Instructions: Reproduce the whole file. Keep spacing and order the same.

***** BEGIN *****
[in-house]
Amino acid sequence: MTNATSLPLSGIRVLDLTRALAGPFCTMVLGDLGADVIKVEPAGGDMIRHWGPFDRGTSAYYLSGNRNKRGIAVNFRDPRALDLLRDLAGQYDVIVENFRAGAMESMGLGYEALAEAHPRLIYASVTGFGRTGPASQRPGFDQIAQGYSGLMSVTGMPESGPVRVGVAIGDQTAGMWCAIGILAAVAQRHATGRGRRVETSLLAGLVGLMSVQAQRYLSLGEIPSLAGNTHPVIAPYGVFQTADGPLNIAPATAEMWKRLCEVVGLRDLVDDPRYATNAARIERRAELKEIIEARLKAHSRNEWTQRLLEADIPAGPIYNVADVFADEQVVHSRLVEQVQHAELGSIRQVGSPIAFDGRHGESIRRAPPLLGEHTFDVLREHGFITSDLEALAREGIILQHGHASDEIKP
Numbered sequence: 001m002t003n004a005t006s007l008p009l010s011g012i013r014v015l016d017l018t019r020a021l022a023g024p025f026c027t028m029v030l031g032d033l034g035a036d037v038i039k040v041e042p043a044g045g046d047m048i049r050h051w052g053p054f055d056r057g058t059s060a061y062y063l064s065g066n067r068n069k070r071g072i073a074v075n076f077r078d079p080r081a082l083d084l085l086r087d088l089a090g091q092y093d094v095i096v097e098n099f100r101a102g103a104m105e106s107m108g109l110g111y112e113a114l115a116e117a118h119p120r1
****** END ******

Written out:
[in-house]
Amino acid sequence: MTNATSLPLSGIRVLDLTRALAGPFCTMVLGDLGADVIKVEPAGGDMIRHWGPFDRGTSAYYLSGNRNKRGIAVNFRDPRALDLLRDLAGQYDVIVENFRAGAMESMGLGYEALAEAHPRLIYASVTGFGRTGPASQRPGFDQIAQGYSGLMSVTGMPESGPVRVGVAIGDQTAGMWCAIGILAAVAQRHATGRGRRVETSLLAGLVGLMSVQAQRYLSLGEIPSLAGNTHPVIAPYGVFQTADGPLNIAPATAEMWKRLCEVVGLRDLVDDPRYATNAARIERRAELKEIIEARLKAHSRNEWTQRLLEADIPAGPIYNVADVFADEQVVHSRLVEQVQHAELGSIRQVGSPIAFDGRHGESIRRAPPLLGEHTFDVLREHGFITSDLEALAREGIILQHGHASDEIKP
Numbered sequence: 001m002t003n004a005t006s007l008p009l010s011g012i013r014v015l016d017l018t019r020a021l022a023g024p025f026c027t028m029v030l031g032d033l034g035a036d037v038i039k040v041e042p043a044g045g046d047m048i049r050h051w052g053p054f055d056r057g058t059s060a061y062y063l064s065g066n067r068n069k070r071g072i073a074v075n076f077r078d079p080r081a082l083d084l085l086r087d088l089a090g091q092y093d094v095i096v097e098n099f100r101a102g103a104m105e106s107m108g109l110g111y112e113a114l115a116e117a118h119p120r1